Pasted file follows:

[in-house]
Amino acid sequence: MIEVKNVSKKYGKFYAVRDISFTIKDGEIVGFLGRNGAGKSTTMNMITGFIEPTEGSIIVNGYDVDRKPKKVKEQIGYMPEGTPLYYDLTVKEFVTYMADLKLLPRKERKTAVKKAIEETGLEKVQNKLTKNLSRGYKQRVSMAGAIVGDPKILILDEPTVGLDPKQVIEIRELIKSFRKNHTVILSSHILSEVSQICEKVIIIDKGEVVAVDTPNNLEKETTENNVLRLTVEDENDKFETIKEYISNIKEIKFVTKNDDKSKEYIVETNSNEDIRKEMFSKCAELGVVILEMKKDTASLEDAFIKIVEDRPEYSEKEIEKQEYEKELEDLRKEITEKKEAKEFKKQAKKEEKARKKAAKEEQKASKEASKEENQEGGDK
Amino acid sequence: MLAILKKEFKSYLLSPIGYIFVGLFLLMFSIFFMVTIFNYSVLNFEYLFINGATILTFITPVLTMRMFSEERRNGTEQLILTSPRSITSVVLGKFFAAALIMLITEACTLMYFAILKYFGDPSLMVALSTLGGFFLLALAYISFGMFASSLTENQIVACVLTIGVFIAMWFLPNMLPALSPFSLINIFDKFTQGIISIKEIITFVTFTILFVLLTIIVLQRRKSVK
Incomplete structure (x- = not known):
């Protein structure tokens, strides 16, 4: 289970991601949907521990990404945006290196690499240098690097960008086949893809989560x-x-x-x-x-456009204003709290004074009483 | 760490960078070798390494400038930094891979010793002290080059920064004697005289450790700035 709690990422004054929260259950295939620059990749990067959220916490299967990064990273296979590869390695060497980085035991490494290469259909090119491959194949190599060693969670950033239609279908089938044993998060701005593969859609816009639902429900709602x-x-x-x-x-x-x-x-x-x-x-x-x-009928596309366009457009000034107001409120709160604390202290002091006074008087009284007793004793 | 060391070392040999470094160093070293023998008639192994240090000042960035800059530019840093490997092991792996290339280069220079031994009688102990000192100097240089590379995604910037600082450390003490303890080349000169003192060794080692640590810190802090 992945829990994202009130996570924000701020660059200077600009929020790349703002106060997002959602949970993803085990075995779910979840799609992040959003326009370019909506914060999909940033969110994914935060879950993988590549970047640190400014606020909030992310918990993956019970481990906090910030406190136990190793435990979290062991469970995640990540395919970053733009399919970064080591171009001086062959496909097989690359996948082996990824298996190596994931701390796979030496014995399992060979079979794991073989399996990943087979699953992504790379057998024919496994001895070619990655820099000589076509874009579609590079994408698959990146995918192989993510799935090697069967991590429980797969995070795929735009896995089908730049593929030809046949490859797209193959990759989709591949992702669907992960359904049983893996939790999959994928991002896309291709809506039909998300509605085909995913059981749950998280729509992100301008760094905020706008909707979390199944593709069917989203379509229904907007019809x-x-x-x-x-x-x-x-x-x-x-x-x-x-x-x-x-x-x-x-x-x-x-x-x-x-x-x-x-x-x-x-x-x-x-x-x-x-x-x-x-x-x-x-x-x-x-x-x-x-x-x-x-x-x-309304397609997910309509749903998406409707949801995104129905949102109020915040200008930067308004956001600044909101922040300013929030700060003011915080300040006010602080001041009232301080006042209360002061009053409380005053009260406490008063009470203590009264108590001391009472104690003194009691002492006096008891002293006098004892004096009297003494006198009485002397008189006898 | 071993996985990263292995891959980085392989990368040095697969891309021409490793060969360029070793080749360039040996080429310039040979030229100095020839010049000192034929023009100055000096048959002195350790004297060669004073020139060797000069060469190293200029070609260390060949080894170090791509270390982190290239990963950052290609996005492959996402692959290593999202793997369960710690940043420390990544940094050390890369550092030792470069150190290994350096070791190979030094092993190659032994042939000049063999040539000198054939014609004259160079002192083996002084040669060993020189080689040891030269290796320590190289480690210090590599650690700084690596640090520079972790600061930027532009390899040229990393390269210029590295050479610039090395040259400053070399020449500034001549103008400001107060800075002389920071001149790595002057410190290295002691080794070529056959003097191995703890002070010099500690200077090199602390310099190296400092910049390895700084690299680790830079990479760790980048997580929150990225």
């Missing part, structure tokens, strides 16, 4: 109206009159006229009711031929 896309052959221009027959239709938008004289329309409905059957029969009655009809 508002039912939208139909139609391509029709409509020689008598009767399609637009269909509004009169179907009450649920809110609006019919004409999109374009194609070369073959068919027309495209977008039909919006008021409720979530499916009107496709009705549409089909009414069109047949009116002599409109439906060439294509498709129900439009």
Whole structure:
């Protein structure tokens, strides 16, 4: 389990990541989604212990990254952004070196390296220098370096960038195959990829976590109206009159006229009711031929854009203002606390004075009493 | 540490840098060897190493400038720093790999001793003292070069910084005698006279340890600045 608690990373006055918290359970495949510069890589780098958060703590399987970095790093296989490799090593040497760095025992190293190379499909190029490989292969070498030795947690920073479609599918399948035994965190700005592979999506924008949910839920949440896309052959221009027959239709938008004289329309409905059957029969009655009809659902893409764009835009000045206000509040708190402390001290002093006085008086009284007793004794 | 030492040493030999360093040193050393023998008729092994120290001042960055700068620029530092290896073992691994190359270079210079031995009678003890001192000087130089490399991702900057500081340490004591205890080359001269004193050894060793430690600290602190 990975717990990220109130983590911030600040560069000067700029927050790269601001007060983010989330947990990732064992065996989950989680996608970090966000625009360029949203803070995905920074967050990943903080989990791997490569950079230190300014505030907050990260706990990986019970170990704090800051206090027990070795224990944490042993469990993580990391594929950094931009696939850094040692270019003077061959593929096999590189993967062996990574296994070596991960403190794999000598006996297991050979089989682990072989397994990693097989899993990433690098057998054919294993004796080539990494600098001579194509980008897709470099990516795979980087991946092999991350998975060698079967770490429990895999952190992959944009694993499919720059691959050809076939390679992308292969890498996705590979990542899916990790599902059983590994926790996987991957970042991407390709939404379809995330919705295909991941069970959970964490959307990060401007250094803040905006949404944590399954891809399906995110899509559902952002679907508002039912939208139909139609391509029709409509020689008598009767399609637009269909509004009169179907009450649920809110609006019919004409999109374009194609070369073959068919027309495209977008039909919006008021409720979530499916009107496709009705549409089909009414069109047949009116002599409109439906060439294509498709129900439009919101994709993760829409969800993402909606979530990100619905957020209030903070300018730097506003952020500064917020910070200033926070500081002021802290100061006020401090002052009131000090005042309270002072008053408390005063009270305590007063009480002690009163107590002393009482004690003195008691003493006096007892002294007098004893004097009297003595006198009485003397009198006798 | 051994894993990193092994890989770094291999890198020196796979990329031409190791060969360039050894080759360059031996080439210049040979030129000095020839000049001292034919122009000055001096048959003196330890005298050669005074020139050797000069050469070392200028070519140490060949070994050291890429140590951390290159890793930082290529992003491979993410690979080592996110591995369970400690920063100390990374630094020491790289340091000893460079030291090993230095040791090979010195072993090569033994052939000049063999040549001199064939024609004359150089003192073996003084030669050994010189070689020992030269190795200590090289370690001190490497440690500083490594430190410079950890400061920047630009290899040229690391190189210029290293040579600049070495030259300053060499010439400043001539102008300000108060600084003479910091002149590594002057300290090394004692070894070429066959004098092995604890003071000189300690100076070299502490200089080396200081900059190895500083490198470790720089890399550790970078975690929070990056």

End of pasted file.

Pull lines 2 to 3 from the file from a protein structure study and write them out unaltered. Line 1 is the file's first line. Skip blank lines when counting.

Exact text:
Amino acid sequence: MIEVKNVSKKYGKFYAVRDISFTIKDGEIVGFLGRNGAGKSTTMNMITGFIEPTEGSIIVNGYDVDRKPKKVKEQIGYMPEGTPLYYDLTVKEFVTYMADLKLLPRKERKTAVKKAIEETGLEKVQNKLTKNLSRGYKQRVSMAGAIVGDPKILILDEPTVGLDPKQVIEIRELIKSFRKNHTVILSSHILSEVSQICEKVIIIDKGEVVAVDTPNNLEKETTENNVLRLTVEDENDKFETIKEYISNIKEIKFVTKNDDKSKEYIVETNSNEDIRKEMFSKCAELGVVILEMKKDTASLEDAFIKIVEDRPEYSEKEIEKQEYEKELEDLRKEITEKKEAKEFKKQAKKEEKARKKAAKEEQKASKEASKEENQEGGDK
Amino acid sequence: MLAILKKEFKSYLLSPIGYIFVGLFLLMFSIFFMVTIFNYSVLNFEYLFINGATILTFITPVLTMRMFSEERRNGTEQLILTSPRSITSVVLGKFFAAALIMLITEACTLMYFAILKYFGDPSLMVALSTLGGFFLLALAYISFGMFASSLTENQIVACVLTIGVFIAMWFLPNMLPALSPFSLINIFDKFTQGIISIKEIITFVTFTILFVLLTIIVLQRRKSVK